I’ve been noticing that strange morning confusion lasting longer and longer into the day. That disorientation and confusion is nearly gone usually by noon at the latest, sooner if I have my morning Joe. It fades but never quite goes away.
Living with any altered state does have its benefits, I’ve noticed new things about myself that I haven’t noticed before. I can’t imagine this is new unless it’s a symptom of the same problem.
I think our biological beings work different than we suspect. I think we kind of assume that our brains are an on/off switch. Thoughts are thought and then disappear, right? But lately I’ve been noticing that my thoughts don’t disappear, rather they slowly fade in the sense of a half life or a feedback loop.
I know it sounds strange but try it for me, maybe when you’ve had a couple drinks or a hit of something. When a particularly impactful idea crosses your mind, just sit back and observe where it goes. I’d bet you it sticks with you longer than you expect.
I’ve always been fascinated with end-of-the-world theories. These dark moods I’ve been waking up in lately seem to keep up my interest. Interestingly, there’s some buzz around the web and such, but not a lot of excitement or fear like I remember there being with the Y2K thing. Maybe it’s because it seems so much less likely that an ancient civilization could predict the end of the world thousands of years in advance. Less likely, surely, than mankind creating a technology that would be our eventual doom.
There’s some contradiction in the Mayan prediction anyway. They never really claimed it was the end as much as just got lazy and didn’t create another new calendar to follow the one that is ending too. Of course the (erroneous, apparently) idea that they didn’t account for leap years has been circulating for a while, probably giving people less reason to even entertain the idea. And certain finds lend further assurance to the conclusion most have come to that the Mayans meant for it to roll over to the next age.
It gives us some excitement anyway, to think about it and joke about it. As bits of snow start dropping on this autumn day, looking a bit like ash to my cloudy mind, I can’t help but feel like something meaningful might come of it.
Not sure what to think about those ashes. Maybe a neighbor had a apocalyptic experience with a charcoal grill or something. I swear there was ash all over the place falling like snow past my window. Now that I go out and look, I ain’t getting nothing and my buddy Nate said nothing too. Strange to communicate with a buddy from your blog I guess but he follows me (and all his thousand blogs) religiously closely.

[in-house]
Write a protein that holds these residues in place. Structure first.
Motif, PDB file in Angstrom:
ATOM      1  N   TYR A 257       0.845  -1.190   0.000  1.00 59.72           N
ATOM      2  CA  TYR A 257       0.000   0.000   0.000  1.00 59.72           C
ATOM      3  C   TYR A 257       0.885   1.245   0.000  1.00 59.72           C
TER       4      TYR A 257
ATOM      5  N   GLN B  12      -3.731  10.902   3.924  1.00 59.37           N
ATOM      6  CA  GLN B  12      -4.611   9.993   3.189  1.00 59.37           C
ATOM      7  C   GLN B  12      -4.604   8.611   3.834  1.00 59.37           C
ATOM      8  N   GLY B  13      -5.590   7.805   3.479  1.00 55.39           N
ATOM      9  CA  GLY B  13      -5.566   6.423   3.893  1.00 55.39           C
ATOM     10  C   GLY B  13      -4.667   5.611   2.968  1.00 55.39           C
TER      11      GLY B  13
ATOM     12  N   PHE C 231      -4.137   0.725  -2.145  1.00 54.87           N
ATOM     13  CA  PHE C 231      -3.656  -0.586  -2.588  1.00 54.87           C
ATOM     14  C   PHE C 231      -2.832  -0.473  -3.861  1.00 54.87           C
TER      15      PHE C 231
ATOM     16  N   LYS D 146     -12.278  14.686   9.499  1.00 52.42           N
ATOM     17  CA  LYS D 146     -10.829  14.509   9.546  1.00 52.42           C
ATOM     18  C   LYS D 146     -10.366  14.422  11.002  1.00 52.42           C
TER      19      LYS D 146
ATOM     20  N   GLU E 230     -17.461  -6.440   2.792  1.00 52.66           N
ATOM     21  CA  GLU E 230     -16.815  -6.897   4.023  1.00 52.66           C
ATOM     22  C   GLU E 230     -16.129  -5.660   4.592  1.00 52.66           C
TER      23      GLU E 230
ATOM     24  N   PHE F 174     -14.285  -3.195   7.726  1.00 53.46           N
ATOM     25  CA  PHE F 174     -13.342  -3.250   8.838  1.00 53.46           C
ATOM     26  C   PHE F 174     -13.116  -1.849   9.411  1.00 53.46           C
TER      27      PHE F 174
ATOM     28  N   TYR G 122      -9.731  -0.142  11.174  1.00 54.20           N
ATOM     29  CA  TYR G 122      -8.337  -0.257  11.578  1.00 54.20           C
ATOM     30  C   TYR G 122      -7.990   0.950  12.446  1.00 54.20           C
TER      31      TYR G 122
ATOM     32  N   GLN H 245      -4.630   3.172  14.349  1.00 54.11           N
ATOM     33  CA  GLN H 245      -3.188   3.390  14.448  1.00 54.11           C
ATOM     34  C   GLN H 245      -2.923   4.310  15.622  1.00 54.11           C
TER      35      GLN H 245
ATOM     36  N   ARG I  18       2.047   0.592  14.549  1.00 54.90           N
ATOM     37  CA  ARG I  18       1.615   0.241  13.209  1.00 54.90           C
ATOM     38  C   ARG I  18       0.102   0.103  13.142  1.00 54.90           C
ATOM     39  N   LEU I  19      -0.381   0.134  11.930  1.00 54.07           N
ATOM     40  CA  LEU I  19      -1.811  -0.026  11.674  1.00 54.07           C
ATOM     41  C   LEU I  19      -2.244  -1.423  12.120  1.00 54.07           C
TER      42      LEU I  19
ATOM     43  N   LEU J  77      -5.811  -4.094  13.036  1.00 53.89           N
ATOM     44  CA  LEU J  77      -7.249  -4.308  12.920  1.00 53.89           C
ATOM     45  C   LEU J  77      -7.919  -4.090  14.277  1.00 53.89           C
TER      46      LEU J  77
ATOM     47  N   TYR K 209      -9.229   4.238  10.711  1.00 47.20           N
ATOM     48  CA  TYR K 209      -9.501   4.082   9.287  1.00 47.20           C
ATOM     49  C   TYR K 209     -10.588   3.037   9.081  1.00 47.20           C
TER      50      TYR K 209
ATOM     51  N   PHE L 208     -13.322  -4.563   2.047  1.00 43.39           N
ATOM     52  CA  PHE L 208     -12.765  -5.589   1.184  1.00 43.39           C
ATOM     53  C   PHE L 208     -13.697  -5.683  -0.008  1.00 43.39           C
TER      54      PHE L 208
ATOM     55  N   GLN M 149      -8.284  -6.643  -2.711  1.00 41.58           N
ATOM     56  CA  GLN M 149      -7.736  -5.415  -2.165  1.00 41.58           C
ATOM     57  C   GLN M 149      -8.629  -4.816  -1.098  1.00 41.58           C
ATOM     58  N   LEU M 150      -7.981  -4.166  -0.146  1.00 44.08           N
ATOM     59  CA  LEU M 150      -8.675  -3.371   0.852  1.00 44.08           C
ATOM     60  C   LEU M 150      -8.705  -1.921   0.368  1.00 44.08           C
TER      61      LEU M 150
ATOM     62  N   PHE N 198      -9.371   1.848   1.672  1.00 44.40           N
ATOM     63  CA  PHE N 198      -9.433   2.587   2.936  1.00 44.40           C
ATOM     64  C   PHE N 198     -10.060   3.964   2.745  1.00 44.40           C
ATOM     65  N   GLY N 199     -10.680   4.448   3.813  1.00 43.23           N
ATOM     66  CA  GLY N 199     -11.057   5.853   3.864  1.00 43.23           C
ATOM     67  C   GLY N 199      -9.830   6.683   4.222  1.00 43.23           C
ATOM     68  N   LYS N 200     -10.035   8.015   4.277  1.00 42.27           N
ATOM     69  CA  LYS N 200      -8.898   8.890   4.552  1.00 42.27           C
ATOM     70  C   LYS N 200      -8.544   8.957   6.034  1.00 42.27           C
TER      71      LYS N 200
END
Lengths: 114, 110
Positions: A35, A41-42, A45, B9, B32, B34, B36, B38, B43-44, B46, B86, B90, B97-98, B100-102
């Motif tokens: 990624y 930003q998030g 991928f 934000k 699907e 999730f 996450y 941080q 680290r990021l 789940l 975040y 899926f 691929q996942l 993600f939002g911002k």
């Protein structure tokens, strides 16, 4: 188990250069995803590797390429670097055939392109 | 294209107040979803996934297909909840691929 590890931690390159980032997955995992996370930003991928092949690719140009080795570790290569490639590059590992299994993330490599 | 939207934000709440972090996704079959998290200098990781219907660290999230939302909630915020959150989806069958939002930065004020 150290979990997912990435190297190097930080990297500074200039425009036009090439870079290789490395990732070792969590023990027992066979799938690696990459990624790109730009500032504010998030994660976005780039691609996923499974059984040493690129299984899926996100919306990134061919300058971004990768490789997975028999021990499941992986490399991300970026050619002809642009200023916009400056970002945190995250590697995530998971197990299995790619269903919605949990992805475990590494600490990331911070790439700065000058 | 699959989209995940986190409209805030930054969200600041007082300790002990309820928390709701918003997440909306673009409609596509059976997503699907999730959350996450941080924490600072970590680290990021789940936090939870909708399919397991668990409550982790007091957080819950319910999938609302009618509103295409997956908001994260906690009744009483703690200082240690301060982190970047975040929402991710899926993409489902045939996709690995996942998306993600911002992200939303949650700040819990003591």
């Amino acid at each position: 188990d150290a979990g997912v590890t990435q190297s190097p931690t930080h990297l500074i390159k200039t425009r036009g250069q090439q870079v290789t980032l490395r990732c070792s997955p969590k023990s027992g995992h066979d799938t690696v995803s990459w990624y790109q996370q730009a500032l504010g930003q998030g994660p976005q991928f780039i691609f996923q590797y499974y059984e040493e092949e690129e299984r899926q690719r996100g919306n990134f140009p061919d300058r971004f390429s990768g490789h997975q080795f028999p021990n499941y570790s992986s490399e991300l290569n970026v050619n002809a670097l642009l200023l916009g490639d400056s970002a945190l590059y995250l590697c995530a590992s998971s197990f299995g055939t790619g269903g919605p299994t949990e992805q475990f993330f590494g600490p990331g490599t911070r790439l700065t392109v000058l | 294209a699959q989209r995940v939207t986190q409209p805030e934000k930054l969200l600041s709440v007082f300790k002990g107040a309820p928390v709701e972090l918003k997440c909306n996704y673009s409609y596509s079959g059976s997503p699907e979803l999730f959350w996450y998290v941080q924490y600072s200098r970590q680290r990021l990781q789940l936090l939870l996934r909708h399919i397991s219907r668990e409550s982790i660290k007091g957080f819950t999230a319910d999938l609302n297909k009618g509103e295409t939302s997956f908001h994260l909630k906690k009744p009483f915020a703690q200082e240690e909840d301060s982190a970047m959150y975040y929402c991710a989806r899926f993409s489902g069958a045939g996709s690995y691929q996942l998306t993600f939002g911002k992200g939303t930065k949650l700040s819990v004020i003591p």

PS, thought this was interesting:
Most experts claim that the transformative event at the end of the Mayan Calendar 2012 is more of an internal one, rather than a physical one.
They even started an Indiegogo at the link to fundraise for awareness campaigns. Not sure if it’s legit but I sure am interested in the idea of this Mayan apocalypse being an internal one.
A thousand birds were winging their way around scattered everywhere with very little rhyme or reason and it reminded him to look up. And it reminded him to look around. It was dusk. The trees and ground and buildings were that dark violet silhouette you only see at dusk. The sky filled in the rest behind it and from east to west it was blue then green then orange then yellow. Dan could almost pick the place in the sky where the color changed to the next the transitions were so abrupt. Birds and more birds silently slid amidst this visual beauty.
It was moments like these that Dan found were most easy to find himself and forget the past for a moment, stop rehearsing the future. There in that moment he felt he more understood what it meant to be aware. Being. Awareness. Was this kind of what the books talked about when they talked about enlightenment? Dan saw himself not at all as someone who was enlightened and in fact had kind of given up on the idea of this supreme realization that tore his old perception of the universe in half leaving the solace of pure understanding. Only in times like these when he could be content in the moment did he feel there could be something more, even just a shred of that enlightened solace.
He did gain a deeper understanding of the value of things in that moment. He saw more clearly how that moment, and each concurrent passing moment, or as we just call it: the present, was all we had. There was no value in endings, any ending. Death or loss or heartbreak. None. The universe is ending incarnate, built into everything is an ending. Nothing, nothingness, is inevitable.
Truly beautiful, and all that is worthy of celebration are beginnings. And havings. The briefest of moments when your world rubs against anothers and something glorious sparks between these heavenly bodies. These are the rare and beautiful gems in the universe, worthy of all your adoration and gratitude. When they’re gone, cast them aside, and do not mourn. That moment was special but now it is gone with the infinity of other lost things. Keep your mind on the ground under your feet or you will lose all that you’ve ever had.
Noticed and tweeted a mini-milestone today. It’s just a month to the Mayan Apocalypse. The milestone being Fox News unashamed ‘coverage’ and countdown to the end. They’re not afraid to masquerade anything as news anymore. I’m just glad they haven’t connected it to Obama’s reelection (yet). There IS still a month.
On a strange note, I noticed an article mentioning an uptick of feelings of a confusing kind of paranoia. Sounded similar to what I’ve been feeling lately so I did a search and noticed a strange quantity of talk about it on the webs. Is this always around or am I in on some kind of subtle mass affliction?